October 30, 2020 - November 1, 2020

Enneagram Pathways: 3 Instincts, 9 Types, and 27 Subtypes with Beatrice Chestnut

Roskilde, Denmark

Register here

This three-day workshop supports you in deepening your experience of the Enneagram of Personality as a powerful tool for personal and professional development. Revolutionize your self-knowledge and take your Enneagram work to a whole new level through gaining a thorough understanding of Claudio Naranjo’s enlightening approach to the 27 distinct “subtype” personalities.

In all of us, our personality acts as a kind of self-limiting “default mode” of operating that can hold us back from our own liberation and higher potentials. Our instinctual drives represent our “animal wisdom” and the most potent and least conscious motive force driving the way our automatic patterns play out.

After you know the nine types you can further your growth journey by seeing how the three core instinctual survival drives—for self-preservation, relating to social groups, and one-to-one bonding—play out in your life–and how they shape the specific traits of the 27 subtype characters.

Through gaining a clearer sense of how you can self-observe the interplay of your dominant (and repressed) instinctual drivers and your type’s “passion” or key emotional habit, you can more consciously liberate yourself from old ways of being and open a pathway to manifesting a more whole or higher expression of who you really are.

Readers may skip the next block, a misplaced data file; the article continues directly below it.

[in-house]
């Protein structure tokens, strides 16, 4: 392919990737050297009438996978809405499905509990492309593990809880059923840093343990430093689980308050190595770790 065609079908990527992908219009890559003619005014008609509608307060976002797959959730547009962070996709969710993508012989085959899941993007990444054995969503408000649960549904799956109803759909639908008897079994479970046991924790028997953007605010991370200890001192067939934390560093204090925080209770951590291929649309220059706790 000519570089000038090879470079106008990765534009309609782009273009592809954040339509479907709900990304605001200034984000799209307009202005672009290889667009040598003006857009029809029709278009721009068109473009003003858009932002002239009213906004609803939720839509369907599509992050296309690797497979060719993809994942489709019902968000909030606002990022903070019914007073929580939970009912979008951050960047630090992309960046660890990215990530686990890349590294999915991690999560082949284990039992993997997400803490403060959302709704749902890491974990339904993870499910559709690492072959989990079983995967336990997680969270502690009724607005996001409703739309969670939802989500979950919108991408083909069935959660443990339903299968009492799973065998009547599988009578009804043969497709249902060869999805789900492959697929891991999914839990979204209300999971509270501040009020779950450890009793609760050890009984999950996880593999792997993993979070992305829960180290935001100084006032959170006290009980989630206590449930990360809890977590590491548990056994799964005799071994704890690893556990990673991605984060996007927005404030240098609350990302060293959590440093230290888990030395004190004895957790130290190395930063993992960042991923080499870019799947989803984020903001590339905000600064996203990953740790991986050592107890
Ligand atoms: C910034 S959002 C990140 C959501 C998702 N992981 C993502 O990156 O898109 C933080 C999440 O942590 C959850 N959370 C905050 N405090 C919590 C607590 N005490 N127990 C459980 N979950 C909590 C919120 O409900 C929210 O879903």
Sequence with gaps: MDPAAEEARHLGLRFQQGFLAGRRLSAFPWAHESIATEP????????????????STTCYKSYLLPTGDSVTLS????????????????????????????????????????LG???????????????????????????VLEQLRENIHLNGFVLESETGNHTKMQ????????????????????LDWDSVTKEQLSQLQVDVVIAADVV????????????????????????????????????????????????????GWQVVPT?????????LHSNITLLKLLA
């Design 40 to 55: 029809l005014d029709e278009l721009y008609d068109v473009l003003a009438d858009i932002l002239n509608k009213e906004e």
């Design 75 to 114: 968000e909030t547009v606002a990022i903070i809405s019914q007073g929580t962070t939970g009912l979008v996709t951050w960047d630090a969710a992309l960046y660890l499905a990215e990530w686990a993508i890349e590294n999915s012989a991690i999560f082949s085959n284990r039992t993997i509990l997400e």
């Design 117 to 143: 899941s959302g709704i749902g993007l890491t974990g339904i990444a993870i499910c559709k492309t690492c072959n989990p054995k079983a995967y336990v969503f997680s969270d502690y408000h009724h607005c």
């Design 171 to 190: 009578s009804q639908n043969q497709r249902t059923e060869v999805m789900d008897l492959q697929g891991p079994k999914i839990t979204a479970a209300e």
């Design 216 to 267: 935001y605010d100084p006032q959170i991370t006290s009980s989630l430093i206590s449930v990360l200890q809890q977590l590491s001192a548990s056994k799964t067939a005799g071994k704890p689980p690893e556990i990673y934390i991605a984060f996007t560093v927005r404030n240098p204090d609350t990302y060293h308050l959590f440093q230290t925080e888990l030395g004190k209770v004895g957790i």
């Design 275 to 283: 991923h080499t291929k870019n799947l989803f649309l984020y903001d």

Through lecture, group discussion, and panels of people offering personal testimony about their subtypes, we will learn together how to increase our self-awareness through more frequently recognizing the operation of instincts and subtypes–the forces that drive your most unconscious and compulsive patterns.

In this workshop you will learn:

  • How to find your correct subtype (and type)–and how to support others better in discovering their type
  • Why two people of the same type can look so different
  • A heightened awareness of your most unconscious tendencies
  • Details about how the three subtypes of each of the nine types differ from one another